As we all know, lighting is a very important part of photography that we all have to learn sooner rather than later. The egg tutorial is the easiest way to grasp the foundations of photography. Check it out!
De DM Paradies is een hoog contrast 100 ISO diafilm die wordt verkocht bij de DM-Drogist in Duitsland. Cross deze film en je eindigt in een xpro walhalla!
A review of the most dazzling, must-try chemical tipsters ever written! Enough to satisfy even the most insatiable set of die hard DIY hands.
No exposure meter, no batteries, no problem; make perfectly exposed photos with this handy DIY exposure calculator.
Updating my previous tipster, I'm going to show you how to turn an otherwise useless film box into a super wide panoramic camera! With exposed sprockets too?!! Go grab a film box now!!!
After a brief hiatus, I'm back with yet another pinhole tutorial. This time I'll show you how I created my first stereoscopic (that's 3D to most people) pinhole camera. Read how after the jump!
Since I started pin-holing the world, I have had the strong desire to make a special camera, with the purpose of shooting just one photograph. The purpose was to sacrifice the camera in the process of photo creation – I wanted the camera to become the photograph. To let you understand, the process from the camera to the photograph is the same that ties the baby bird to the egg: the bird grows protected from the shell and when it's ready breaks it and comes out. This is why I decided to create the Pinhegg – An Egg Pinhole Camera.
A few tips on what films to use and the best conditions to use them.
New to Lomography? Have you been wondering how other people have been able to blend pictures together? You have come to the right place. With the technique of multiple exposure, you will find yourself achieving works of art that digital photography cannot compete with!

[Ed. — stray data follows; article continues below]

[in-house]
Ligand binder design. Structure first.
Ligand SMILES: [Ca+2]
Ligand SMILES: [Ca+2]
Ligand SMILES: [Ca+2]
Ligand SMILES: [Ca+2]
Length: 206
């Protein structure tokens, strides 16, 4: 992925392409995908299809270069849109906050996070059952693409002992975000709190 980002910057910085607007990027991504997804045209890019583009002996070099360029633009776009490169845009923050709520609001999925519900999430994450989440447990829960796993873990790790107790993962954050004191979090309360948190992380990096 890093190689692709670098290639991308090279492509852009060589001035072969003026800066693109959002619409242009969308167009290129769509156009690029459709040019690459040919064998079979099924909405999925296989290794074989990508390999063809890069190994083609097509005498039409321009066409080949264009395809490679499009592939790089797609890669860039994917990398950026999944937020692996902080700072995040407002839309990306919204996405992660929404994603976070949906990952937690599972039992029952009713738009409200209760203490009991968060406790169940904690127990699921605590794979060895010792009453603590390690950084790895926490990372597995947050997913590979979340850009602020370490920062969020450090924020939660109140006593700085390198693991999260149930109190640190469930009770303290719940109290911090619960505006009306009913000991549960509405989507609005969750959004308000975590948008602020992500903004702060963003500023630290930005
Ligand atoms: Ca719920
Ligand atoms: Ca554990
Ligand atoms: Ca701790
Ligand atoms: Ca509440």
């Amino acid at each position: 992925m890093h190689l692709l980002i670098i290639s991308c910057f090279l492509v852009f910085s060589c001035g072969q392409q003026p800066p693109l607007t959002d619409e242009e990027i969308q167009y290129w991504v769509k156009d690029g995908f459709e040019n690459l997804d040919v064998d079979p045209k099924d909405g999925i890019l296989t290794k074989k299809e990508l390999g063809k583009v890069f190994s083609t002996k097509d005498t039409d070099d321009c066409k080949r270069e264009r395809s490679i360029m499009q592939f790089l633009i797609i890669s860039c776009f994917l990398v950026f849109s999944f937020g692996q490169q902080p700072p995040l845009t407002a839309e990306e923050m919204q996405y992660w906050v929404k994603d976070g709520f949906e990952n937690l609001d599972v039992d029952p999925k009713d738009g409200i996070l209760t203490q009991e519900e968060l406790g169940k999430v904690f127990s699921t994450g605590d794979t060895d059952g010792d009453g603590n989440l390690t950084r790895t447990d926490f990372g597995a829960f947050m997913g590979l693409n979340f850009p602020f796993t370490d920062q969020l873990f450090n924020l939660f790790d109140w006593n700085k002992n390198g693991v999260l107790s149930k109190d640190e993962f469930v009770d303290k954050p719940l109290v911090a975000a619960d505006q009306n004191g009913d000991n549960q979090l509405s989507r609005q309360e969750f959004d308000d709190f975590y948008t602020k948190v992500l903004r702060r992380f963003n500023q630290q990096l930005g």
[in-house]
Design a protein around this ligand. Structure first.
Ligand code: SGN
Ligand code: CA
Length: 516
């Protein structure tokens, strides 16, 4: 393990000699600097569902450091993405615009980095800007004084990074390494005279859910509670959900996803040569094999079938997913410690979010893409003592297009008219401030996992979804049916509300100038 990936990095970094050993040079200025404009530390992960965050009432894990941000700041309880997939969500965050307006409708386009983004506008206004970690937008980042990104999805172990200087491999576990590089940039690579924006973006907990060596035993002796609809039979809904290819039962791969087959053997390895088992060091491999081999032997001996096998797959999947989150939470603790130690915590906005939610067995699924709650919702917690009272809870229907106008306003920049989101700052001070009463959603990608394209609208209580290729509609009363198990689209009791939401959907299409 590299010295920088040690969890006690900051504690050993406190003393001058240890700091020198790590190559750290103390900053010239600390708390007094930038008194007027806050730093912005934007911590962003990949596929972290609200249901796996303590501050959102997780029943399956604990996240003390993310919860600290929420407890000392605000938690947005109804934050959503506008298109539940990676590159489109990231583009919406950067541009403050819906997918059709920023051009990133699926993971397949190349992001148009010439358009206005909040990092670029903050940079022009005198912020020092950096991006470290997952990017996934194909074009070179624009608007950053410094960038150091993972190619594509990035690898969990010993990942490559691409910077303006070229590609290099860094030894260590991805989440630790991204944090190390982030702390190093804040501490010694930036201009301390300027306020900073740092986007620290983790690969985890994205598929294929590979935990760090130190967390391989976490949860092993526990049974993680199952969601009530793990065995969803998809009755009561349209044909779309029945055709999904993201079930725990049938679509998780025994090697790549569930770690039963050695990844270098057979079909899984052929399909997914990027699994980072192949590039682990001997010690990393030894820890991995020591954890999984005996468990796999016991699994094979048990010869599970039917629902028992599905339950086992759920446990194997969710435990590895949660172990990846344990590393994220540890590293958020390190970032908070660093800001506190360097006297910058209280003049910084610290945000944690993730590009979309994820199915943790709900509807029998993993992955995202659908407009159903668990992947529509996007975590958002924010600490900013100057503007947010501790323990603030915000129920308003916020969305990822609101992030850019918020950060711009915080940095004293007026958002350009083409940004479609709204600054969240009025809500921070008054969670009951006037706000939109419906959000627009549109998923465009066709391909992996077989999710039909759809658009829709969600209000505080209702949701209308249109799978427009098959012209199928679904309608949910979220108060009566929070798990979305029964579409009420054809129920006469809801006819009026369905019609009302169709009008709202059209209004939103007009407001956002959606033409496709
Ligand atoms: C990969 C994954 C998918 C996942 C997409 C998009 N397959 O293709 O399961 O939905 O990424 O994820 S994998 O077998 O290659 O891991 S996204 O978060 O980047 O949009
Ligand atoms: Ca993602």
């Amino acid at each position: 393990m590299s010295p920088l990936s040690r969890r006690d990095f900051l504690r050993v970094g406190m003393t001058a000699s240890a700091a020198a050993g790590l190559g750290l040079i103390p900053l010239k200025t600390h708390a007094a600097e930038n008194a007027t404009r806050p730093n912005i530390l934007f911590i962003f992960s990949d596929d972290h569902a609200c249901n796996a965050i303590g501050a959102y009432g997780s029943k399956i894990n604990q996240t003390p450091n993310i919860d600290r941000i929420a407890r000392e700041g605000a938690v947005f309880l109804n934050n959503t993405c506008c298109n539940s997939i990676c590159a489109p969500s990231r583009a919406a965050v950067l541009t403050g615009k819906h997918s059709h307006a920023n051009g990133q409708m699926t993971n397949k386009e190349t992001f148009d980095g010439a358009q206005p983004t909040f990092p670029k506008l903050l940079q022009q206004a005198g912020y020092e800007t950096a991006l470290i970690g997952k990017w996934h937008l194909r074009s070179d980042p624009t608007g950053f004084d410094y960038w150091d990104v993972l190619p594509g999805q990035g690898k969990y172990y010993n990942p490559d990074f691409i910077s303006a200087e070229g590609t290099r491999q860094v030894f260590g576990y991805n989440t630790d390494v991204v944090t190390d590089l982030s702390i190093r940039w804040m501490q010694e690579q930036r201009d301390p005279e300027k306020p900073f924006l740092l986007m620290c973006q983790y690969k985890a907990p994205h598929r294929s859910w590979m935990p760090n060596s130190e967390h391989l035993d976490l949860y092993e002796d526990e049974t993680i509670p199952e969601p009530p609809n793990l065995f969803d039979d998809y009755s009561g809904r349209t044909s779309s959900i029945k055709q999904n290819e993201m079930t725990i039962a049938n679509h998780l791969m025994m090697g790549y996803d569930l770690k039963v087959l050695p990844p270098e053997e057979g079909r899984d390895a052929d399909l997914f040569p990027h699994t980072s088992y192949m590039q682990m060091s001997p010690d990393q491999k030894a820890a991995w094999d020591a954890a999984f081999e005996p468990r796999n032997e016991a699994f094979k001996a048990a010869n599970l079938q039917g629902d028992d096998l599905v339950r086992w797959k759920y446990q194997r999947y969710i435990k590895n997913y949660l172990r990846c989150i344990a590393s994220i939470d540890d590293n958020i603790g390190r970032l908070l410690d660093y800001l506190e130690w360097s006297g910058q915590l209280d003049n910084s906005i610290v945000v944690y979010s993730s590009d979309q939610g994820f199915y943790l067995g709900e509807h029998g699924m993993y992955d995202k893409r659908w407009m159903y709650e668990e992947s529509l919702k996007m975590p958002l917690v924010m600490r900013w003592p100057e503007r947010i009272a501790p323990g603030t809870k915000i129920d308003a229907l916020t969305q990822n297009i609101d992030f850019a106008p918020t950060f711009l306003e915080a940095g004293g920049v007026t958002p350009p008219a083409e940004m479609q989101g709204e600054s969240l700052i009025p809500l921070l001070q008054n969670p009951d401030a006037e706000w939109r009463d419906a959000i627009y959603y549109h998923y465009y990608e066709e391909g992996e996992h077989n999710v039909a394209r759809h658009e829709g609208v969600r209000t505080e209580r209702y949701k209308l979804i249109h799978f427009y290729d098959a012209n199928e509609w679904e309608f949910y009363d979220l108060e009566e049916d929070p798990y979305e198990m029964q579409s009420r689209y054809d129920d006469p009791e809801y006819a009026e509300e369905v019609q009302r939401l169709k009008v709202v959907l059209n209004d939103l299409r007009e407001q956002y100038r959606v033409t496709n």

The idea of film soup, is to allow the film to have chemical interaction with the 'soup', and produce the unexpectedly extraordinary effect for your Lomographs. Since the first film soup ever been 'served', every Lomographer has eagerly recorded down their own recipe and review. In this article, I would like to share my experience with my own secret recipe!
What kind of angle do you usually use to shoot your shots? I do understand that everyone uses different camera angles due to the subject one likes to capture. However, what I always try to do when I shoot is to have a low angle. When you hold your camera and shoot with the low angle, you can definitely gain a different result on your film! You can change your world by changing your angle!
People are often surprised that I develop and even cross process my own negatives in the comfort of my own home, especially after they've seen my photos. And I am often surprised that they’re surprised, considering how easy it is to do.
There are lots of self-portrait shooting methods, and in my article I will tell you about some of them.
I have recently completed my first film destroy mission and have been amazed at the beautiful warped colours it has produced! The best way to play with colours is to use the unexpected. So why not add a bit of excitement to your pictures and take a risk? Read on to find our more about my film destroyer which produced psychedelic results!
Meet Dr. Lab aka hti. Straight from the HQ Lomography Archive where he has been whipping up some weird and wonderful experiments just for you. Many thanks Dr. Lab for sharing your laboratory experience, secret techniques and analogue passion in the second of his special edition Film Freak Tipsters. Now come on everyone bleach & shout!
Meet Dr. Lab aka hti. Straight from the HQ Lomography Archive where he has been whipping up some weird and wonderful experiments just for you. Many thanks Dr. Lab for sharing your laboratory experience, secret techniques and analogue passion in the first of his special edition Film Freak Tipsters. Now come on everyone and do the dishwasher!